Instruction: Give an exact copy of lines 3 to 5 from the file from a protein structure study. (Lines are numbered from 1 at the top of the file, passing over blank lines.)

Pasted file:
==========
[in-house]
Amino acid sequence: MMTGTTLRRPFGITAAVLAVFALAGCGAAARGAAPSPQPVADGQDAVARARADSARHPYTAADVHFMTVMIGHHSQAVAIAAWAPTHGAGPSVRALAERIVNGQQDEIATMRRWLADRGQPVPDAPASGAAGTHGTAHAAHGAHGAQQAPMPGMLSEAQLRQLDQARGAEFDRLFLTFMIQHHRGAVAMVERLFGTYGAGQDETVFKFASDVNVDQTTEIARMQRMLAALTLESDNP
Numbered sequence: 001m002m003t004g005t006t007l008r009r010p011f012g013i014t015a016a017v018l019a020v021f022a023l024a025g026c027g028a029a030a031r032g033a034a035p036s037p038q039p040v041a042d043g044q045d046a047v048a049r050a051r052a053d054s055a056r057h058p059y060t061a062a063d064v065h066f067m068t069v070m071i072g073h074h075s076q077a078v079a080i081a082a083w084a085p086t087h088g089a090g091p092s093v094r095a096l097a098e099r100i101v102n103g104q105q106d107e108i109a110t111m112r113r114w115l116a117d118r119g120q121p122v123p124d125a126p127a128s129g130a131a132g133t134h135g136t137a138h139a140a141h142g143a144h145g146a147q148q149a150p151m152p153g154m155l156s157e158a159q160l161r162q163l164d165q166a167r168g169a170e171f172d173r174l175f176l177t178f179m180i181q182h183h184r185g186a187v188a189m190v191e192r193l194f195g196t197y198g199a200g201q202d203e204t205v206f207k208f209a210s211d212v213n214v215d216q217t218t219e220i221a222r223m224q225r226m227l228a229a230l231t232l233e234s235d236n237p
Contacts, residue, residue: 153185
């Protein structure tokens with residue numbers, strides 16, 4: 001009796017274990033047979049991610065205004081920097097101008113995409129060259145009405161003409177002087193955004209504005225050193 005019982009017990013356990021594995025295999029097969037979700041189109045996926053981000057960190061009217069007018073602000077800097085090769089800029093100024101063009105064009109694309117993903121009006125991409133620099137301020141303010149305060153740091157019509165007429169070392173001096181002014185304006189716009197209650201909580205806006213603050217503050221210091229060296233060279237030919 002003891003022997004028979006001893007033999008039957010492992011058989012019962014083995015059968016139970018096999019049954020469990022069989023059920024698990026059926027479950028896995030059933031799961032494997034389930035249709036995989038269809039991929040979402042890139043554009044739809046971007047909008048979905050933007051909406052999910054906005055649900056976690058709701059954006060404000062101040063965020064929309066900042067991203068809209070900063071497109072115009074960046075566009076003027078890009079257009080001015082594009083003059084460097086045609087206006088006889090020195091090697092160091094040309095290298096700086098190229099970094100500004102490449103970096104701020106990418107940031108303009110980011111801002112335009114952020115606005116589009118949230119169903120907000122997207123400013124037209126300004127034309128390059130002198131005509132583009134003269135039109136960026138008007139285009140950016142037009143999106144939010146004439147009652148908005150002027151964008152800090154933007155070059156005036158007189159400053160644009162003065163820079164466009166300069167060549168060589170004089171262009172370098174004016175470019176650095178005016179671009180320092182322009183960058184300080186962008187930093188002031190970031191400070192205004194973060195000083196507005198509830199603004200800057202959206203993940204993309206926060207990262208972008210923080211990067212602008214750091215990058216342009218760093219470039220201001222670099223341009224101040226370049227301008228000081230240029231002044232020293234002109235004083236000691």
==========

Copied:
Numbered sequence: 001m002m003t004g005t006t007l008r009r010p011f012g013i014t015a016a017v018l019a020v021f022a023l024a025g026c027g028a029a030a031r032g033a034a035p036s037p038q039p040v041a042d043g044q045d046a047v048a049r050a051r052a053d054s055a056r057h058p059y060t061a062a063d064v065h066f067m068t069v070m071i072g073h074h075s076q077a078v079a080i081a082a083w084a085p086t087h088g089a090g091p092s093v094r095a096l097a098e099r100i101v102n103g104q105q106d107e108i109a110t111m112r113r114w115l116a117d118r119g120q121p122v123p124d125a126p127a128s129g130a131a132g133t134h135g136t137a138h139a140a141h142g143a144h145g146a147q148q149a150p151m152p153g154m155l156s157e158a159q160l161r162q163l164d165q166a167r168g169a170e171f172d173r174l175f176l177t178f179m180i181q182h183h184r185g186a187v188a189m190v191e192r193l194f195g196t197y198g199a200g201q202d203e204t205v206f207k208f209a210s211d212v213n214v215d216q217t218t219e220i221a222r223m224q225r226m227l228a229a230l231t232l233e234s235d236n237p
Contacts, residue, residue: 153185
């Protein structure tokens with residue numbers, strides 16, 4: 001009796017274990033047979049991610065205004081920097097101008113995409129060259145009405161003409177002087193955004209504005225050193 005019982009017990013356990021594995025295999029097969037979700041189109045996926053981000057960190061009217069007018073602000077800097085090769089800029093100024101063009105064009109694309117993903121009006125991409133620099137301020141303010149305060153740091157019509165007429169070392173001096181002014185304006189716009197209650201909580205806006213603050217503050221210091229060296233060279237030919 002003891003022997004028979006001893007033999008039957010492992011058989012019962014083995015059968016139970018096999019049954020469990022069989023059920024698990026059926027479950028896995030059933031799961032494997034389930035249709036995989038269809039991929040979402042890139043554009044739809046971007047909008048979905050933007051909406052999910054906005055649900056976690058709701059954006060404000062101040063965020064929309066900042067991203068809209070900063071497109072115009074960046075566009076003027078890009079257009080001015082594009083003059084460097086045609087206006088006889090020195091090697092160091094040309095290298096700086098190229099970094100500004102490449103970096104701020106990418107940031108303009110980011111801002112335009114952020115606005116589009118949230119169903120907000122997207123400013124037209126300004127034309128390059130002198131005509132583009134003269135039109136960026138008007139285009140950016142037009143999106144939010146004439147009652148908005150002027151964008152800090154933007155070059156005036158007189159400053160644009162003065163820079164466009166300069167060549168060589170004089171262009172370098174004016175470019176650095178005016179671009180320092182322009183960058184300080186962008187930093188002031190970031191400070192205004194973060195000083196507005198509830199603004200800057202959206203993940204993309206926060207990262208972008210923080211990067212602008214750091215990058216342009218760093219470039220201001222670099223341009224101040226370049227301008228000081230240029231002044232020293234002109235004083236000691």